Christmas arrives every year with an argument about its meaning, and who “owns” it. Some denounce the religious sentiment surrounding the holiday season, viewing it as a desperate attempt by an old and dying Christianity to recall an authority it no longer possesses. Artificial “holidays” are manufactured to take the season away from Christians, while popular culture makes a point of treating it as an impartial period of rest before the New Year, a brief holly-jolly loading screen while the calendar reboots. Christians don’t even get to claim it was their holiday first, without eye-rolling and lectures about pagan rituals and the ancient traditions of Celts, Romans, hobbits, or whoever else they supposedly stole December 25th from.
I’m not a member of a congregation, but I’ve been welcomed as a guest in many churches on Christmas Eve, and I don’t recall anyone making demands of me. When something is presented in combination with a demand, it is payment, not a gift. This is a season of giving, not obligation. There’s no reason for anyone who isn’t Christian to feel defensive about it.
Christmas is a time in which believers celebrate the greatest gift the universe was ever given, through their own acts of selfless generosity. It is a time for them to reflect on what their Father wants them to give each other. It’s about His hopes, as much as ours. It is a commemoration of celestial faith in us. You don’t need an ounce of religious faith to appreciate the deeper meaning delightfully echoed in brightly-wrapped packages, placed beneath trees we have transformed into glowing sculptures of the endless night sky. You only need some imagination.
Perhaps you believe the story people tell each other in churches on Christmas Eve is a fairy tale, with only the dimmest basis in historical fact. Fair enough. Belief is also a gift, which no one should be forced to accept. I would, however, invite you to listen carefully to the fable those people are telling each other. Here is a story about divinity choosing to suffer humiliation and pain, beginning a mortal life in the arms of poor folk compelled to sleep among animals… and ending it surrounded by thorns and nails.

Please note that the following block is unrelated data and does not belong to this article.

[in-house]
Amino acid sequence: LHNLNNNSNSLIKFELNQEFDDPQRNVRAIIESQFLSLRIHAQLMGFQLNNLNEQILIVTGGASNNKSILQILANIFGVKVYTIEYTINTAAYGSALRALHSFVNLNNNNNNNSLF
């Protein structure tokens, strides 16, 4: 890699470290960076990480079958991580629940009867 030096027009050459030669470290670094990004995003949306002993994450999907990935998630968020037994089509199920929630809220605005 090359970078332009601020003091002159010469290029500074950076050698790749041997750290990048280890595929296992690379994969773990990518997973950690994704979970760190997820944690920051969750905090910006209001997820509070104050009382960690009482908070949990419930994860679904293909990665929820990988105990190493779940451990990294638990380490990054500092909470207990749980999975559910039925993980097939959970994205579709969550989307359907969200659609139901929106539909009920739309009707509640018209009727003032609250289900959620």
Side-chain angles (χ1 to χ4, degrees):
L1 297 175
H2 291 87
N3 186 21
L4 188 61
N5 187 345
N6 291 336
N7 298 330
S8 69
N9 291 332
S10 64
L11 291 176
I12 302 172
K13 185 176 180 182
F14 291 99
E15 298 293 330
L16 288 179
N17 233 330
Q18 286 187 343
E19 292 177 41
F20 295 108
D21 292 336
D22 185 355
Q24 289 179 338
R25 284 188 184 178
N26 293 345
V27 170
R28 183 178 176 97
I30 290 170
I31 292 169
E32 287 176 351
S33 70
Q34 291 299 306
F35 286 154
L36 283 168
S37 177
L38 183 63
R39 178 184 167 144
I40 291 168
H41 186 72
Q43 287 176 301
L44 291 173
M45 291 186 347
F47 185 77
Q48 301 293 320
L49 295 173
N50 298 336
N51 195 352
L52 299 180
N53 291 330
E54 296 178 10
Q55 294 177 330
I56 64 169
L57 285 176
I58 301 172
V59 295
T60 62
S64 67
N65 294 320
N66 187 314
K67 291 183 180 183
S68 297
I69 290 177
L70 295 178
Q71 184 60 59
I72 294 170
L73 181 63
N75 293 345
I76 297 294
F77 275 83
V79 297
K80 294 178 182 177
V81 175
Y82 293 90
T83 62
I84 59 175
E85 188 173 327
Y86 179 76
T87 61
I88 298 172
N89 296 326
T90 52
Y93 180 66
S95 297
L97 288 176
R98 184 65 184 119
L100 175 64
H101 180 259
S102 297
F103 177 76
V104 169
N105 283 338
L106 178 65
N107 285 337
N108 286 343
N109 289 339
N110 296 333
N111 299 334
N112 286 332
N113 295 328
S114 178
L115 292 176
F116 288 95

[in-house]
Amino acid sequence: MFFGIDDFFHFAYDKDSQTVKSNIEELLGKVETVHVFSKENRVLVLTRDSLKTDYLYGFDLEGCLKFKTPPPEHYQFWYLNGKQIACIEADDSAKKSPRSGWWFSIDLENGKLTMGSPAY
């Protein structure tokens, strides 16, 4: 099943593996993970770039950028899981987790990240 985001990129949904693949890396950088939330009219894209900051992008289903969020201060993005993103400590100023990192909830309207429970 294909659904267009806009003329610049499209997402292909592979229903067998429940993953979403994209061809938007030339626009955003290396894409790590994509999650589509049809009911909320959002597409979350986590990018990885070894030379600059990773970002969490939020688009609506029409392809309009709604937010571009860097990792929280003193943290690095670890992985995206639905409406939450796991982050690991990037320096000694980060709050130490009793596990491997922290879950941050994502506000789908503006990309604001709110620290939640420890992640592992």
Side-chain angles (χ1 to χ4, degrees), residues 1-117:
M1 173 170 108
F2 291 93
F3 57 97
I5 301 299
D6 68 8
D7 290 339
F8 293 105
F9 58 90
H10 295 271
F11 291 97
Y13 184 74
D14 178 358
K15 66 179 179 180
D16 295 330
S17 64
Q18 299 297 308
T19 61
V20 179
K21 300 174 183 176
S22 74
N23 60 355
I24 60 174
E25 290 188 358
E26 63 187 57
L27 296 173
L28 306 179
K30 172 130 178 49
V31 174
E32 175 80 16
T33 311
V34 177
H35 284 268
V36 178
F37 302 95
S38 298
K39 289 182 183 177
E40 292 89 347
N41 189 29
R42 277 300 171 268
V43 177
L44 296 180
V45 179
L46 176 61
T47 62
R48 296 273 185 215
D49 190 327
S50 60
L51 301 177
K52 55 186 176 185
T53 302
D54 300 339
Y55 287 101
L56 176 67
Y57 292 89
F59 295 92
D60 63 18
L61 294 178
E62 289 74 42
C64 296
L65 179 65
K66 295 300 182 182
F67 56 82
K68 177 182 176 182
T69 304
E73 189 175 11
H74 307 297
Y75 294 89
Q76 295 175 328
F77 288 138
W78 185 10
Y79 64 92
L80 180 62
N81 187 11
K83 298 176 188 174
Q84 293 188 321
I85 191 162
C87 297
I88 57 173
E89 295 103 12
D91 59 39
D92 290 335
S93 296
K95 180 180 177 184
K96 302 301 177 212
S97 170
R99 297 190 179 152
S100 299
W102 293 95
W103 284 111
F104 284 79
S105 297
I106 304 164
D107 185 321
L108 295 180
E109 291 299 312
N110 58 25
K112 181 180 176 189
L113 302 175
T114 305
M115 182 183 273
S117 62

Every church commemorates Christmas with a passion play, in which the congregation remembers every detail of how poorly mankind treated the gift it found beneath the Star of Bethlehem. And yet, it’s a happy story, illuminated by a love that never wavered – the love of a child who opened his eyes to see beasts, paupers, and kings kneeling before him, and loved them no more or less than the torturers, executioners, and thieves he looked upon in his final hours.
Imagine looking upon distant galaxies, exploding suns, and all-consuming event horizons, confident that the Creator of these awesome powers adores the eyes which behold them. Imagine a hand that paints the gulfs of space with nebular gas choosing to descend upon one tiny world and become a carpenter. A voice that sings of aeons decided to become a teacher, who worked to illuminate lives measured in decades. A mind that spins atoms into molecules, and weaves them into cells, conceived a plan to redeem the sins of people that would surely respond to the gesture with whips and spears.
You don’t need faith in such an idea to entertain it for a little while. The idea of Christmas can be made welcome in any heart, where it can linger long enough to warm the inner hearth. A little imagination is all you need for fuel, ignited by the spark of a story that tells us every human soul shines as brilliant in Heaven’s eyes as the brightest star. There will be plenty of other nights for cold rationality.
Merry Christmas, everyone!
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